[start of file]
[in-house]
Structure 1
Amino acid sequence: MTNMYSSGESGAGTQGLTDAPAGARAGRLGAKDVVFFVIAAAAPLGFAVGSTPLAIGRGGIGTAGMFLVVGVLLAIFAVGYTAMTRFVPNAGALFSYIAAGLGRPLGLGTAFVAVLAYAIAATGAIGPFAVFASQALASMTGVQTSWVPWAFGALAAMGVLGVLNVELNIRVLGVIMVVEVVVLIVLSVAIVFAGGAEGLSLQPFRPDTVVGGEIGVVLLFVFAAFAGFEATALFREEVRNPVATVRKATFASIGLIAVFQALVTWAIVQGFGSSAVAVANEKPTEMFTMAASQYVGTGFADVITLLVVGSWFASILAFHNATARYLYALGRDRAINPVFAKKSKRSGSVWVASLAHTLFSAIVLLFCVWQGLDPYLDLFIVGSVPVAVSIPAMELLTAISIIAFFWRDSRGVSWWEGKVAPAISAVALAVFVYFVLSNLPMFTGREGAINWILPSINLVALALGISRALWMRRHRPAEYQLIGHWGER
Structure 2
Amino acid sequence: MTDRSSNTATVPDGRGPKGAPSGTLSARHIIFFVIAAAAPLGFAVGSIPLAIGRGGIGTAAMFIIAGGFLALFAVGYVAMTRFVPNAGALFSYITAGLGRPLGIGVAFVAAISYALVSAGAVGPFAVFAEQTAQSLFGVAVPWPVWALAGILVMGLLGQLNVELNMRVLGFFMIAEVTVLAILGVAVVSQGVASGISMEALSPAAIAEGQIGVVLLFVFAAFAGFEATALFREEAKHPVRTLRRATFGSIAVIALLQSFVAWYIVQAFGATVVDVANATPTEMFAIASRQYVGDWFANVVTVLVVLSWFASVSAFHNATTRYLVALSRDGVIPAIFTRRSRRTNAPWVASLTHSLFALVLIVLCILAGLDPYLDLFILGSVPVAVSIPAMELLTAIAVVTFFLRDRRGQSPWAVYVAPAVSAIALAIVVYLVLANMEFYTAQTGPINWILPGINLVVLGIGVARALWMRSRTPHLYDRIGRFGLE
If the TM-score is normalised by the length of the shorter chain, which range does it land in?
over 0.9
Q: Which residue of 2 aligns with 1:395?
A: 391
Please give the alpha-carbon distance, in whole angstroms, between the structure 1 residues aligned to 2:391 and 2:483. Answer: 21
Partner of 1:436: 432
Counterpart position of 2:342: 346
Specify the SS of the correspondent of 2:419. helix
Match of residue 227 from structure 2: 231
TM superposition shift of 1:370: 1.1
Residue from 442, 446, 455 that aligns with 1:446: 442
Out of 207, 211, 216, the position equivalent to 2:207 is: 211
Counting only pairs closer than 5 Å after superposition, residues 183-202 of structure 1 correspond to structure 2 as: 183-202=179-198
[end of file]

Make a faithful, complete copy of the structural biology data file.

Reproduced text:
[in-house]
Structure 1
Amino acid sequence: MTNMYSSGESGAGTQGLTDAPAGARAGRLGAKDVVFFVIAAAAPLGFAVGSTPLAIGRGGIGTAGMFLVVGVLLAIFAVGYTAMTRFVPNAGALFSYIAAGLGRPLGLGTAFVAVLAYAIAATGAIGPFAVFASQALASMTGVQTSWVPWAFGALAAMGVLGVLNVELNIRVLGVIMVVEVVVLIVLSVAIVFAGGAEGLSLQPFRPDTVVGGEIGVVLLFVFAAFAGFEATALFREEVRNPVATVRKATFASIGLIAVFQALVTWAIVQGFGSSAVAVANEKPTEMFTMAASQYVGTGFADVITLLVVGSWFASILAFHNATARYLYALGRDRAINPVFAKKSKRSGSVWVASLAHTLFSAIVLLFCVWQGLDPYLDLFIVGSVPVAVSIPAMELLTAISIIAFFWRDSRGVSWWEGKVAPAISAVALAVFVYFVLSNLPMFTGREGAINWILPSINLVALALGISRALWMRRHRPAEYQLIGHWGER
Structure 2
Amino acid sequence: MTDRSSNTATVPDGRGPKGAPSGTLSARHIIFFVIAAAAPLGFAVGSIPLAIGRGGIGTAAMFIIAGGFLALFAVGYVAMTRFVPNAGALFSYITAGLGRPLGIGVAFVAAISYALVSAGAVGPFAVFAEQTAQSLFGVAVPWPVWALAGILVMGLLGQLNVELNMRVLGFFMIAEVTVLAILGVAVVSQGVASGISMEALSPAAIAEGQIGVVLLFVFAAFAGFEATALFREEAKHPVRTLRRATFGSIAVIALLQSFVAWYIVQAFGATVVDVANATPTEMFAIASRQYVGDWFANVVTVLVVLSWFASVSAFHNATTRYLVALSRDGVIPAIFTRRSRRTNAPWVASLTHSLFALVLIVLCILAGLDPYLDLFILGSVPVAVSIPAMELLTAIAVVTFFLRDRRGQSPWAVYVAPAVSAIALAIVVYLVLANMEFYTAQTGPINWILPGINLVVLGIGVARALWMRSRTPHLYDRIGRFGLE
If the TM-score is normalised by the length of the shorter chain, which range does it land in?
over 0.9
Q: Which residue of 2 aligns with 1:395?
A: 391
Please give the alpha-carbon distance, in whole angstroms, between the structure 1 residues aligned to 2:391 and 2:483. Answer: 21
Partner of 1:436: 432
Counterpart position of 2:342: 346
Specify the SS of the correspondent of 2:419. helix
Match of residue 227 from structure 2: 231
TM superposition shift of 1:370: 1.1
Residue from 442, 446, 455 that aligns with 1:446: 442
Out of 207, 211, 216, the position equivalent to 2:207 is: 211
Counting only pairs closer than 5 Å after superposition, residues 183-202 of structure 1 correspond to structure 2 as: 183-202=179-198